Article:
ANDREW NAPOLITANO: It appeared when the memos were released, these are the seven memos that Jim Comey wrote about his interactions with the president, some of which had blacked out, that turns out that they had classified materials in them and I owe Jim Comey an apology because I said if this stuff had classified materials in it and he gave it to the professor, that is a crime, to fail to secure state secrets if they were properly classified. Now it turns out that the professor had a security clearance. So there was no crime, Mr. Comey, and I apologize. I was wrong.

    But for at least a year, Napolitano’s specialty has been to cherry-pick facts or take advantage of partially reported stories with incomplete information to argue that Trump is actually the victim of misconduct from other current and former government officials. While law enforcement and government officials certainly are not infallible, the baseless -- and often demonstrably incorrect -- way that Napolitano tosses out his accusations has been, for lack of a better word, absurd.

    • In March 2017, Napolitano stated that former President Barack Obama “went outside the chain of command” and asked Government Communications Headquarters, Britain's spy agency, for surveillance of Trump. His claims were later repeated by then-White House press secretary Sean Spicer and ultimately resulted in an international incident between the U.S. and Britain. Media Matters found that the source of this claim was a discredited former CIA analyst who had floated the conspiracy theory on the Russian state-sponsored news network RT. Napolitano’s claim was later debunked by Comey, numerous other British and American government officials, and even Trump ally Rep. Devin Nunes (R-CA). Napolitano was kept off of Fox News for a period of time following this incident.
    • In May 2017, Napolitano said "it appears that the president of the United States, Barack Obama, was aware" that information about former national security adviser Michael Flynn was given to The Washington Post "in an attempt to destabilize a validly elected administration, Donald Trump.
    • In June, Napolitano suggested former Attorney General Loretta Lynch had “made law enforcement decisions for political purposes.” According to the story that claim was based on, Comey showed Lynch a “highly sensitive piece of evidence … that suggested Lynch had agreed to put the kibosh on any prosecution of Clinton.” The evidence cited was a Russian intelligence document “viewed within the FBI as unreliable and possibly a fake,” according to The Washington Post.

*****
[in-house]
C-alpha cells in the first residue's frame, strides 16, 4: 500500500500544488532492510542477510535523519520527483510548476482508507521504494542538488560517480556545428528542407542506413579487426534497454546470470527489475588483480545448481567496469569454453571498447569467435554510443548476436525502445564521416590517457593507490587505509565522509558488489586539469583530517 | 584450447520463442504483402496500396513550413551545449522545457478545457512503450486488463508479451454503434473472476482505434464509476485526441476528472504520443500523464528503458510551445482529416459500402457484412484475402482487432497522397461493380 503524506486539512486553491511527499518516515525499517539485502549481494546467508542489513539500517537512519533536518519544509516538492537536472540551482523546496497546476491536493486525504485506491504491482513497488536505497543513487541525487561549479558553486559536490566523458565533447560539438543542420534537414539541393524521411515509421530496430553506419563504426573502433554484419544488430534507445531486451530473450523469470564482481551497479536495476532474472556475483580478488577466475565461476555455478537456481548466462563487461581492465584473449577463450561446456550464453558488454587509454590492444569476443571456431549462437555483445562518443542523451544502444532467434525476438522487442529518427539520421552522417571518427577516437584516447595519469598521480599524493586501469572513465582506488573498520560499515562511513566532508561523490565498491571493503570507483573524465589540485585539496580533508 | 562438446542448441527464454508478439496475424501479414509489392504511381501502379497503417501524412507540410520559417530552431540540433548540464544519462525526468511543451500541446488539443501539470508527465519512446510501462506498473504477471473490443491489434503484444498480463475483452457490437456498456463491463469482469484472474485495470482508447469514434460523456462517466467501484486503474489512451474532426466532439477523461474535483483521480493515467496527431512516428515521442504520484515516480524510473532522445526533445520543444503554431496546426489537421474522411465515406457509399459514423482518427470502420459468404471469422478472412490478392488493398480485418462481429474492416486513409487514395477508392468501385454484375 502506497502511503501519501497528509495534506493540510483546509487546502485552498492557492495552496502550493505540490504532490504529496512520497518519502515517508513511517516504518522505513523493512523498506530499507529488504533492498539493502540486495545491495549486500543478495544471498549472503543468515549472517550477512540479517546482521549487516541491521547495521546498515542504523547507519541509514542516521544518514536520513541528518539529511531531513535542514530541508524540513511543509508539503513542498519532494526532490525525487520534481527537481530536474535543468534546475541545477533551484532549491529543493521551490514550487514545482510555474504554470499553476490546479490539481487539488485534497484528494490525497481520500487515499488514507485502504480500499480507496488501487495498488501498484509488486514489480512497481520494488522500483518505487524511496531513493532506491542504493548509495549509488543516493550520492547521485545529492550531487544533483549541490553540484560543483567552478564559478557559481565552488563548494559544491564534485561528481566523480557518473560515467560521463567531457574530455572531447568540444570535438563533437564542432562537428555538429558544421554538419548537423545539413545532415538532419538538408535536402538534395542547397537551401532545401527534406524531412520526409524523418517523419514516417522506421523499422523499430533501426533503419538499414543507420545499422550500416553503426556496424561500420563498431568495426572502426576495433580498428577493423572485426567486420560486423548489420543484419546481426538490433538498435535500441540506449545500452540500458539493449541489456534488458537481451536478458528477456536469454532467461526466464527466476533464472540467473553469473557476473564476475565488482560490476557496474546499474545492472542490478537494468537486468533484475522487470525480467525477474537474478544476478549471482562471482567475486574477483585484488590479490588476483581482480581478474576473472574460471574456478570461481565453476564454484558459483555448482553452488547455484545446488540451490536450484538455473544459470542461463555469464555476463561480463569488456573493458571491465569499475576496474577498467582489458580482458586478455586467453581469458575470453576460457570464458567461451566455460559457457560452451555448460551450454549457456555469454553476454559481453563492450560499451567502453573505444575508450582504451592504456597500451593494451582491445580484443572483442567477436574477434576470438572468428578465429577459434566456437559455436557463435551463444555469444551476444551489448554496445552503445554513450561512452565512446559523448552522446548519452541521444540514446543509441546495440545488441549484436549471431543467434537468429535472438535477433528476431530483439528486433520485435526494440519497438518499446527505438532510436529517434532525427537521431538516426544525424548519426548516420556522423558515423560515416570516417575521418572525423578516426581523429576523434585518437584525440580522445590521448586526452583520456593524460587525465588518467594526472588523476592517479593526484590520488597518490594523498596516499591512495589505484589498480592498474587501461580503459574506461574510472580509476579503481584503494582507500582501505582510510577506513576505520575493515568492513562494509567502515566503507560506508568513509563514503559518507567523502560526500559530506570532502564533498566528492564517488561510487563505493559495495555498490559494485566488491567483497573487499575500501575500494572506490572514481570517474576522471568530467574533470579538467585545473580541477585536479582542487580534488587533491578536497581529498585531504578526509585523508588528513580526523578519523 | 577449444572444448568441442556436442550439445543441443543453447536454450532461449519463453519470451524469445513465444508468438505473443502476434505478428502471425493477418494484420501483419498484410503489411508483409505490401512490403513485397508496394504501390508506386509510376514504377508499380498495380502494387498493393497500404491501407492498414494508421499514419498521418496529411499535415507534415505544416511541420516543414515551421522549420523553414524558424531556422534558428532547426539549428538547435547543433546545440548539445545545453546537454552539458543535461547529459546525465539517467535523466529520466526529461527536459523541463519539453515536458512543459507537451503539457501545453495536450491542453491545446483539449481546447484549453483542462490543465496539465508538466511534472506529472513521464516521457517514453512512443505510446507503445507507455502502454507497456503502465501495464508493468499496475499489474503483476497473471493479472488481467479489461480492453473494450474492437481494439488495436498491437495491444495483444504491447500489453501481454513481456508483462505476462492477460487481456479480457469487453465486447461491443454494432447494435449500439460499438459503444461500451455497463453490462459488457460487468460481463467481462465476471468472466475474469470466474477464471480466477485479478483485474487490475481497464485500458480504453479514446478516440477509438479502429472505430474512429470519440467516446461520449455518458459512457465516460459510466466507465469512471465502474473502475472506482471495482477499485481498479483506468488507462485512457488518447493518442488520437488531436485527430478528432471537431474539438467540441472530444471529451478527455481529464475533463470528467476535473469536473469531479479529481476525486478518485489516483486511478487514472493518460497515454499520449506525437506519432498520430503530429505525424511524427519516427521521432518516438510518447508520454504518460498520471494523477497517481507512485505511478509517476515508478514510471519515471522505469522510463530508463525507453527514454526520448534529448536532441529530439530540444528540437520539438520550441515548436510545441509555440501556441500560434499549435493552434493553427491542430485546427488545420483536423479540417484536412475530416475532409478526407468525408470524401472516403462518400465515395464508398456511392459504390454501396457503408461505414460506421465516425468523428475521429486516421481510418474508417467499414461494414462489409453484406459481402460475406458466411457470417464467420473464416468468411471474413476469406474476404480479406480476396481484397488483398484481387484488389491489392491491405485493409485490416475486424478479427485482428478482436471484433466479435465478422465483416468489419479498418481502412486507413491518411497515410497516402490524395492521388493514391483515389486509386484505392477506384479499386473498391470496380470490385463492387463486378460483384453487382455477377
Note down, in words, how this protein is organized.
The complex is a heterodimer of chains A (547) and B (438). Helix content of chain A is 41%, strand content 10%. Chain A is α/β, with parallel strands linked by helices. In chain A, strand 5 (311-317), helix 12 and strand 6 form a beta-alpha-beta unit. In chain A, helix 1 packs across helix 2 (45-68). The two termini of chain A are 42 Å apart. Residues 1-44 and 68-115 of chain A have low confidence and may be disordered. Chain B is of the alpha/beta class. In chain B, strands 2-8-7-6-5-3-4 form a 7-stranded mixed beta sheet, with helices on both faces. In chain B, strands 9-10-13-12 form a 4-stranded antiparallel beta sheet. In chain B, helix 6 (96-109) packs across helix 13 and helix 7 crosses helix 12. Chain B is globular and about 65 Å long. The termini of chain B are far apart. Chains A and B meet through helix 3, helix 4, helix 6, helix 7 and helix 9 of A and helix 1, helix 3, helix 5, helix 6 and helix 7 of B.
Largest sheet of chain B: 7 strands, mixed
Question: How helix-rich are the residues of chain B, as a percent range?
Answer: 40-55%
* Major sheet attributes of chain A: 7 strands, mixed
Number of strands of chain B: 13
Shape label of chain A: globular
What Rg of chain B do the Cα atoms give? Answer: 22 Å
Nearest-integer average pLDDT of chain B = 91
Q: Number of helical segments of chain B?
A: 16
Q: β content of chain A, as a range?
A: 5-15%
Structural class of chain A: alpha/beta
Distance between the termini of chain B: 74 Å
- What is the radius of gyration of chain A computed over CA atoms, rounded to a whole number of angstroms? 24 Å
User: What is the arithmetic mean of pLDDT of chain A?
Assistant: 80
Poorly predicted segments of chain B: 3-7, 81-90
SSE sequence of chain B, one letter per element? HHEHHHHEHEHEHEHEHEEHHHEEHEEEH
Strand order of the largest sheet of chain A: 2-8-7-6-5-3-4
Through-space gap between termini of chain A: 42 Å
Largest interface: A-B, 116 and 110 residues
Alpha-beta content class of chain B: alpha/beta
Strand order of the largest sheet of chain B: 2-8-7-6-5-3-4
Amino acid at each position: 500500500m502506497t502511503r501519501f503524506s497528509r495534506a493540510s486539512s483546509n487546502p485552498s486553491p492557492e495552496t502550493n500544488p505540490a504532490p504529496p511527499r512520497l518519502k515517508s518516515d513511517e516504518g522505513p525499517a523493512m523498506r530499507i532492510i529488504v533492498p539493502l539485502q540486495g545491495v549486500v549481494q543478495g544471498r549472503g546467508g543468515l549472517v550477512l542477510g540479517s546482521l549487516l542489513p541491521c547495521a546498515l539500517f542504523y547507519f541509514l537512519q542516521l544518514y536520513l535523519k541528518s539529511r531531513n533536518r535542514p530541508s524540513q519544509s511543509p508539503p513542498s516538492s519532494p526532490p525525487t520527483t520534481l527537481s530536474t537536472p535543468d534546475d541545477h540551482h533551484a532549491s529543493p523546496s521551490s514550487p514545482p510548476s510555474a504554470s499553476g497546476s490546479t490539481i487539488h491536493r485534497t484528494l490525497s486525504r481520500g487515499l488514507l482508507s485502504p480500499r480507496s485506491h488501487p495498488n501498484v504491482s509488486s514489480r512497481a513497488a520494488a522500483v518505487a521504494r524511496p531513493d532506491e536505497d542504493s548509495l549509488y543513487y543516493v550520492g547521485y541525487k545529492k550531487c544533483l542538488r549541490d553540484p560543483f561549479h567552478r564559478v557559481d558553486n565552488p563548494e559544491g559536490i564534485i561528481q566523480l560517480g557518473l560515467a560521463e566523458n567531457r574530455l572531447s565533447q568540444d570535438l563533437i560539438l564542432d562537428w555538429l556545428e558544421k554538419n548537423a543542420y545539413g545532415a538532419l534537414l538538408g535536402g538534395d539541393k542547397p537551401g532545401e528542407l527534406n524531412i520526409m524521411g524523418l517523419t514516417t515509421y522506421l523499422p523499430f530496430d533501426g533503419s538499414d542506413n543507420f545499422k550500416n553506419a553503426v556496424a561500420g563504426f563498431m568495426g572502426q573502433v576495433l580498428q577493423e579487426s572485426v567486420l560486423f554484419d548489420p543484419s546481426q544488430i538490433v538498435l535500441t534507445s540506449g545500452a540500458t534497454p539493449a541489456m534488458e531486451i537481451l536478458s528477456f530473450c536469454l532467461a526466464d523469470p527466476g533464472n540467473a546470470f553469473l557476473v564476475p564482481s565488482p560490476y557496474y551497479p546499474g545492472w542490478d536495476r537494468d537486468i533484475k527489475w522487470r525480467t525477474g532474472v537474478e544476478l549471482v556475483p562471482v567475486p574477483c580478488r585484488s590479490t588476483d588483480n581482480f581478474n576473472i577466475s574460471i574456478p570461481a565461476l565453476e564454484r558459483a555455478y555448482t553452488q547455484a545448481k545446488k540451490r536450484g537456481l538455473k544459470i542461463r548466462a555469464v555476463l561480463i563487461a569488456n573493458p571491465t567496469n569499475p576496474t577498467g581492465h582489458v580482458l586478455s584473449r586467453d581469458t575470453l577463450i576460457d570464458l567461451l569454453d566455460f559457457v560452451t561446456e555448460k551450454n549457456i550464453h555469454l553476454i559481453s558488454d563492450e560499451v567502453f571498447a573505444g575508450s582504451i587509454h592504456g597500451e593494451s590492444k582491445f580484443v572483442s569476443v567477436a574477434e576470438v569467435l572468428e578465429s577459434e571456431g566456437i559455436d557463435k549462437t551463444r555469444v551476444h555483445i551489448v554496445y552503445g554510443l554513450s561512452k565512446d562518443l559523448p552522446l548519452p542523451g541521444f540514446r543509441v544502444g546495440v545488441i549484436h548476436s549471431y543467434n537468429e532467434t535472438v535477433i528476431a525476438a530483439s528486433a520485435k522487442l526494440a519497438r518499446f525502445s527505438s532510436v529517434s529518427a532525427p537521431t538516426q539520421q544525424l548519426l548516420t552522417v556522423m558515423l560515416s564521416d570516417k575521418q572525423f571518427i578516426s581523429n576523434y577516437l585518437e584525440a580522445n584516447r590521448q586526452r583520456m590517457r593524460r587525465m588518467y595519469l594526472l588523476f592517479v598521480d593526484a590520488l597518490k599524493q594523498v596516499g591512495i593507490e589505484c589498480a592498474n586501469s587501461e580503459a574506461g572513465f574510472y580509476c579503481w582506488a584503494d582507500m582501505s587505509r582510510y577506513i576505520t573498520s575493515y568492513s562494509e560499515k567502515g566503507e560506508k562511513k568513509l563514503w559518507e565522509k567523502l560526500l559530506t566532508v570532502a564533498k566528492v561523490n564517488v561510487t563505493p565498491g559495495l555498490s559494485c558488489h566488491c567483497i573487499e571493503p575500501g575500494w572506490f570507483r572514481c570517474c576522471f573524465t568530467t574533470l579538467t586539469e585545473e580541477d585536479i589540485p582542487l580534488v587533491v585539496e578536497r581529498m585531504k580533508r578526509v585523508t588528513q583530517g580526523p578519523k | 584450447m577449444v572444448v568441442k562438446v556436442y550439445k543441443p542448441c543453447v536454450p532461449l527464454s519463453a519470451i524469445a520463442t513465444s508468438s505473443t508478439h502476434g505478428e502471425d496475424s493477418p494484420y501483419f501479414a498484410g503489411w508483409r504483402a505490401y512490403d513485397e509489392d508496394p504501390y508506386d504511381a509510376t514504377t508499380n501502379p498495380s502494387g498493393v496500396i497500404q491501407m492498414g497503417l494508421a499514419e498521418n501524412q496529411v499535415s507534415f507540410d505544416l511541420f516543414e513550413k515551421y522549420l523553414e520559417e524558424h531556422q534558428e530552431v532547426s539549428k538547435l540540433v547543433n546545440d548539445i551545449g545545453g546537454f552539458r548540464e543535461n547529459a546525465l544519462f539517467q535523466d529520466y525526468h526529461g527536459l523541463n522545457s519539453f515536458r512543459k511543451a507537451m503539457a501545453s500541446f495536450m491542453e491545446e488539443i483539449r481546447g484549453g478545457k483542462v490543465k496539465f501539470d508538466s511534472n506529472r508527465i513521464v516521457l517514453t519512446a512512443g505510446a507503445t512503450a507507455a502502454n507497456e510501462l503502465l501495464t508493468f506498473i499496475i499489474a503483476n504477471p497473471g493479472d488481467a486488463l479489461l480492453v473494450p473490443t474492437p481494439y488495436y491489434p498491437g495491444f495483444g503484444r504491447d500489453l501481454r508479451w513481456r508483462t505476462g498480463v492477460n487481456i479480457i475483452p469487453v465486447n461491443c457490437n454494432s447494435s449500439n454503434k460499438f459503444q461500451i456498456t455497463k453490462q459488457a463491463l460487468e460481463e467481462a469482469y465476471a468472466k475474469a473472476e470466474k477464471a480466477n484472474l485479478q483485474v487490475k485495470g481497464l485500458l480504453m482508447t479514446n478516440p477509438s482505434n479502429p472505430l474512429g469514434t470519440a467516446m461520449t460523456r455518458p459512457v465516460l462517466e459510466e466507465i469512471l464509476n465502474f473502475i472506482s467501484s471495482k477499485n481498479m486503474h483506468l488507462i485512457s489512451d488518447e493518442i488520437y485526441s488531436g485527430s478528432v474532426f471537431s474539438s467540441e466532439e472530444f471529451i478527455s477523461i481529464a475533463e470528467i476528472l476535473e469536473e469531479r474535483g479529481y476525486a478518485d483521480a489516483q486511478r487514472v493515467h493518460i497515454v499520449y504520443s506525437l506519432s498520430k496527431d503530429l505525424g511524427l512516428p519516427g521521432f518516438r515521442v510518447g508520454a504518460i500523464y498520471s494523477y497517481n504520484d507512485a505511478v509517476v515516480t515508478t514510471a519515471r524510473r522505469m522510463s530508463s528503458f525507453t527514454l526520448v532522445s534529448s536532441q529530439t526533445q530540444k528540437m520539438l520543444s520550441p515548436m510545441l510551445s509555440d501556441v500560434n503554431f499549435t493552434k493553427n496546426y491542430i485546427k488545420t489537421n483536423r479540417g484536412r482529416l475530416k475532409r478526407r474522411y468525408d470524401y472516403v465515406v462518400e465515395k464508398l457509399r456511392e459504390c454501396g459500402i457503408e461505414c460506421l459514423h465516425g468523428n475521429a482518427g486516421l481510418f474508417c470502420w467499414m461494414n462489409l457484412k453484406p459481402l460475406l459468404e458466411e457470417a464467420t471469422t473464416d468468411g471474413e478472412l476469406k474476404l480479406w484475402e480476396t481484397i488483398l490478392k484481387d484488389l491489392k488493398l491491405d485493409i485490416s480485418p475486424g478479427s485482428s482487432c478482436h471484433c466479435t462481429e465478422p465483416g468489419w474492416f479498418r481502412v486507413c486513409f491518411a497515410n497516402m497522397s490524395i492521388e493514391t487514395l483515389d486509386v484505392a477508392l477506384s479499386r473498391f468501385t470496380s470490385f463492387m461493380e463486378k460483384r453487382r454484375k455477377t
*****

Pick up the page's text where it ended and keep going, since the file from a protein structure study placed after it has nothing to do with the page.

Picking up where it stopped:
• In August, Napolitano speculated that a rule change by Lynch "probably triggered the unmasking of then-President Elect Trump and General Flynn" and that “the unmasking goes back deep into the Obama administration in an effort to embarrass President Trump and his allies in Congress.” In the segment, he noted that unmasking for national security reasons is lawful, but “if it's done for a political purpose, it's a felony.” Napolitano offered no evidence that Trump was in fact unmasked or that any unmasking would have been politically motivated.
    • In December, Napolitano claimed that the General Services Administration (GSA) acted unlawfully by not informing Trump transition team of special counsel Robert Mueller's request for its emails. BuzzFeed News reported that the GSA in fact had informed the Trump transition team that "materials ‘would not be held back in any law enforcement’ actions.”
    • In February, Napolitano speculated that Trump-appointed FBI Director Christopher Wray could have been involved with the missing text messages between FBI agent Peter Strzok and FBI attorney Lisa Page, saying that he doesn’t know if Wray’s “hands are clean on this.” The text messages were ultimately recovered.
    • Also in February, Napolitano questioned the timing of an email that Obama national security adviser Susan Rice wrote to herself on January 20, 2017, about a January 5 meeting with senior administration officials. He argued the memo was an an attempt to "rewrite history" and "make it look as if something happened that didn't happen." The memo reportedly documented Obama's concern that "intelligence officials be cautious about sharing information about the Russia investigation with the Trump transition team, 'particularly' incoming national security adviser Michael Flynn." Rice's attorney later explained that she wrote the email on January 20 on the advice of the White House counsel's office.

    Of course, even as Napolitano levies charges at anyone in sight, he’s excused any potential evidence suggesting wrongdoing on Trump’s part. Just in the last few months, he’s dismissed reports that Trump may have improperly influenced then-acting FBI Director Andrew McCabe by asking how he voted in the 2016 presidential election and reports that Trump may be tampering with witnesses in the investigation of his campaign by asking them about their testimony.